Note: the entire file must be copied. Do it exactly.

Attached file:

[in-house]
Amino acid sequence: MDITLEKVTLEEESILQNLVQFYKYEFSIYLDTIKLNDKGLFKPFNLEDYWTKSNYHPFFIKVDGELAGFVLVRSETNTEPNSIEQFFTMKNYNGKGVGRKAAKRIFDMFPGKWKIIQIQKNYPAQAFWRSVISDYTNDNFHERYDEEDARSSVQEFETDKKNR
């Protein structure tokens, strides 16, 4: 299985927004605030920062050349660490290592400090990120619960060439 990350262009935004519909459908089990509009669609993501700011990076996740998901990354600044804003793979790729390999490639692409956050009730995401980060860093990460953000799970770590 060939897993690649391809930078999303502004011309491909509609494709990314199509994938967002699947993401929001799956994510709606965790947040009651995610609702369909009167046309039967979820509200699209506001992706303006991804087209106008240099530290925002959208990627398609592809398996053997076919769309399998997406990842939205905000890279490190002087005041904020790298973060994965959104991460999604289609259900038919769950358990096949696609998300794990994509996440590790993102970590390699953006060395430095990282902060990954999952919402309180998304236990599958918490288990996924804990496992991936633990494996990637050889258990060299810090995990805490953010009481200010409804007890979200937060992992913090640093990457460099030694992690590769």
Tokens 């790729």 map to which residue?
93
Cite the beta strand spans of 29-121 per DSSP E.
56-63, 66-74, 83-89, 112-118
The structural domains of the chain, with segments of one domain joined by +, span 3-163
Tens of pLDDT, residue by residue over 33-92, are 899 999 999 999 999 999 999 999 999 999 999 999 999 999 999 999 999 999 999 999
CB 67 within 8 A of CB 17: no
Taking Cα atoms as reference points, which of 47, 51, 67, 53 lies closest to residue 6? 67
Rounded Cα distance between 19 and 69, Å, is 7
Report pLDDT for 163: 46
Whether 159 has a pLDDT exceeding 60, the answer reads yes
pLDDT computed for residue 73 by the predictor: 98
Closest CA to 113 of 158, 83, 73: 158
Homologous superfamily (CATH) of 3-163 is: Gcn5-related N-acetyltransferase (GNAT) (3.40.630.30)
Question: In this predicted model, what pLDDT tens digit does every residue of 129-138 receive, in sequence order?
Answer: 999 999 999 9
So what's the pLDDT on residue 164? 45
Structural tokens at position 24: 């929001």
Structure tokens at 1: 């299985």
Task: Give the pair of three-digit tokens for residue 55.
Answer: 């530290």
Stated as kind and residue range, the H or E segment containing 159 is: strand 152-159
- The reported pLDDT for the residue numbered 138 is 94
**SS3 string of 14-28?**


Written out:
[in-house]
Amino acid sequence: MDITLEKVTLEEESILQNLVQFYKYEFSIYLDTIKLNDKGLFKPFNLEDYWTKSNYHPFFIKVDGELAGFVLVRSETNTEPNSIEQFFTMKNYNGKGVGRKAAKRIFDMFPGKWKIIQIQKNYPAQAFWRSVISDYTNDNFHERYDEEDARSSVQEFETDKKNR
């Protein structure tokens, strides 16, 4: 299985927004605030920062050349660490290592400090990120619960060439 990350262009935004519909459908089990509009669609993501700011990076996740998901990354600044804003793979790729390999490639692409956050009730995401980060860093990460953000799970770590 060939897993690649391809930078999303502004011309491909509609494709990314199509994938967002699947993401929001799956994510709606965790947040009651995610609702369909009167046309039967979820509200699209506001992706303006991804087209106008240099530290925002959208990627398609592809398996053997076919769309399998997406990842939205905000890279490190002087005041904020790298973060994965959104991460999604289609259900038919769950358990096949696609998300794990994509996440590790993102970590390699953006060395430095990282902060990954999952919402309180998304236990599958918490288990996924804990496992991936633990494996990637050889258990060299810090995990805490953010009481200010409804007890979200937060992992913090640093990457460099030694992690590769």
Tokens 């790729």 map to which residue?
93
Cite the beta strand spans of 29-121 per DSSP E.
56-63, 66-74, 83-89, 112-118
The structural domains of the chain, with segments of one domain joined by +, span 3-163
Tens of pLDDT, residue by residue over 33-92, are 899 999 999 999 999 999 999 999 999 999 999 999 999 999 999 999 999 999 999 999
CB 67 within 8 A of CB 17: no
Taking Cα atoms as reference points, which of 47, 51, 67, 53 lies closest to residue 6? 67
Rounded Cα distance between 19 and 69, Å, is 7
Report pLDDT for 163: 46
Whether 159 has a pLDDT exceeding 60, the answer reads yes
pLDDT computed for residue 73 by the predictor: 98
Closest CA to 113 of 158, 83, 73: 158
Homologous superfamily (CATH) of 3-163 is: Gcn5-related N-acetyltransferase (GNAT) (3.40.630.30)
Question: In this predicted model, what pLDDT tens digit does every residue of 129-138 receive, in sequence order?
Answer: 999 999 999 9
So what's the pLDDT on residue 164? 45
Structural tokens at position 24: 């929001």
Structure tokens at 1: 């299985």
Task: Give the pair of three-digit tokens for residue 55.
Answer: 């530290």
Stated as kind and residue range, the H or E segment containing 159 is: strand 152-159
- The reported pLDDT for the residue numbered 138 is 94
**SS3 string of 14-28?**